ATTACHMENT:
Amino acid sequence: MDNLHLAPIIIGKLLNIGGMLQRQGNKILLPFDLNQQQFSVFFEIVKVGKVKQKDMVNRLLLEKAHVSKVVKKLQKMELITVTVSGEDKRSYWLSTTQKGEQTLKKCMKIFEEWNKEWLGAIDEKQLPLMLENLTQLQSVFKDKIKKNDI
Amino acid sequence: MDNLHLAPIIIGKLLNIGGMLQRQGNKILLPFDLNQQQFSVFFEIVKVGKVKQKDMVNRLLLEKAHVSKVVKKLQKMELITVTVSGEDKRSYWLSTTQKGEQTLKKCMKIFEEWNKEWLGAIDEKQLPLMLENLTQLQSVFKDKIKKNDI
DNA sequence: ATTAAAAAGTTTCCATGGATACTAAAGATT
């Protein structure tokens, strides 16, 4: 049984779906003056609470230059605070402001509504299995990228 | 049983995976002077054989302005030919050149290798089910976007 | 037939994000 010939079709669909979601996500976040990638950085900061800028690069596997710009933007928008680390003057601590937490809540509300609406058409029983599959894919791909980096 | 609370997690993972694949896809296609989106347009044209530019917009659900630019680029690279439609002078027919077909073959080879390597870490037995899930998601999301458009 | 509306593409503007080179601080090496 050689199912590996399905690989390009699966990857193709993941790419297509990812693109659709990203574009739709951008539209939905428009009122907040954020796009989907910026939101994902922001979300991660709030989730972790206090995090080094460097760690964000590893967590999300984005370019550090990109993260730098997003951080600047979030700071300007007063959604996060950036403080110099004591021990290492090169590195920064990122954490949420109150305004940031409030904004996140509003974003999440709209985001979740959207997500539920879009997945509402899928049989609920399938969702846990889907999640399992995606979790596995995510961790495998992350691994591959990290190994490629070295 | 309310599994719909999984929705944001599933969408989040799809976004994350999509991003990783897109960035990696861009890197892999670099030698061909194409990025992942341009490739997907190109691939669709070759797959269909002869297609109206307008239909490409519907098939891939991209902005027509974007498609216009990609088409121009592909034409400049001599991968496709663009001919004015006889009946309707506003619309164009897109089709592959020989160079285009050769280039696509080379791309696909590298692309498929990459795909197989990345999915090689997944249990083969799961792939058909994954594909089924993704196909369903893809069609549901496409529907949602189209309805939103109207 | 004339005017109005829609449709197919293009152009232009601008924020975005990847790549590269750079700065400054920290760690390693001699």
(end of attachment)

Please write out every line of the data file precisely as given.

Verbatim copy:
Amino acid sequence: MDNLHLAPIIIGKLLNIGGMLQRQGNKILLPFDLNQQQFSVFFEIVKVGKVKQKDMVNRLLLEKAHVSKVVKKLQKMELITVTVSGEDKRSYWLSTTQKGEQTLKKCMKIFEEWNKEWLGAIDEKQLPLMLENLTQLQSVFKDKIKKNDI
Amino acid sequence: MDNLHLAPIIIGKLLNIGGMLQRQGNKILLPFDLNQQQFSVFFEIVKVGKVKQKDMVNRLLLEKAHVSKVVKKLQKMELITVTVSGEDKRSYWLSTTQKGEQTLKKCMKIFEEWNKEWLGAIDEKQLPLMLENLTQLQSVFKDKIKKNDI
DNA sequence: ATTAAAAAGTTTCCATGGATACTAAAGATT
């Protein structure tokens, strides 16, 4: 049984779906003056609470230059605070402001509504299995990228 | 049983995976002077054989302005030919050149290798089910976007 | 037939994000 010939079709669909979601996500976040990638950085900061800028690069596997710009933007928008680390003057601590937490809540509300609406058409029983599959894919791909980096 | 609370997690993972694949896809296609989106347009044209530019917009659900630019680029690279439609002078027919077909073959080879390597870490037995899930998601999301458009 | 509306593409503007080179601080090496 050689199912590996399905690989390009699966990857193709993941790419297509990812693109659709990203574009739709951008539209939905428009009122907040954020796009989907910026939101994902922001979300991660709030989730972790206090995090080094460097760690964000590893967590999300984005370019550090990109993260730098997003951080600047979030700071300007007063959604996060950036403080110099004591021990290492090169590195920064990122954490949420109150305004940031409030904004996140509003974003999440709209985001979740959207997500539920879009997945509402899928049989609920399938969702846990889907999640399992995606979790596995995510961790495998992350691994591959990290190994490629070295 | 309310599994719909999984929705944001599933969408989040799809976004994350999509991003990783897109960035990696861009890197892999670099030698061909194409990025992942341009490739997907190109691939669709070759797959269909002869297609109206307008239909490409519907098939891939991209902005027509974007498609216009990609088409121009592909034409400049001599991968496709663009001919004015006889009946309707506003619309164009897109089709592959020989160079285009050769280039696509080379791309696909590298692309498929990459795909197989990345999915090689997944249990083969799961792939058909994954594909089924993704196909369903893809069609549901496409529907949602189209309805939103109207 | 004339005017109005829609449709197919293009152009232009601008924020975005990847790549590269750079700065400054920290760690390693001699």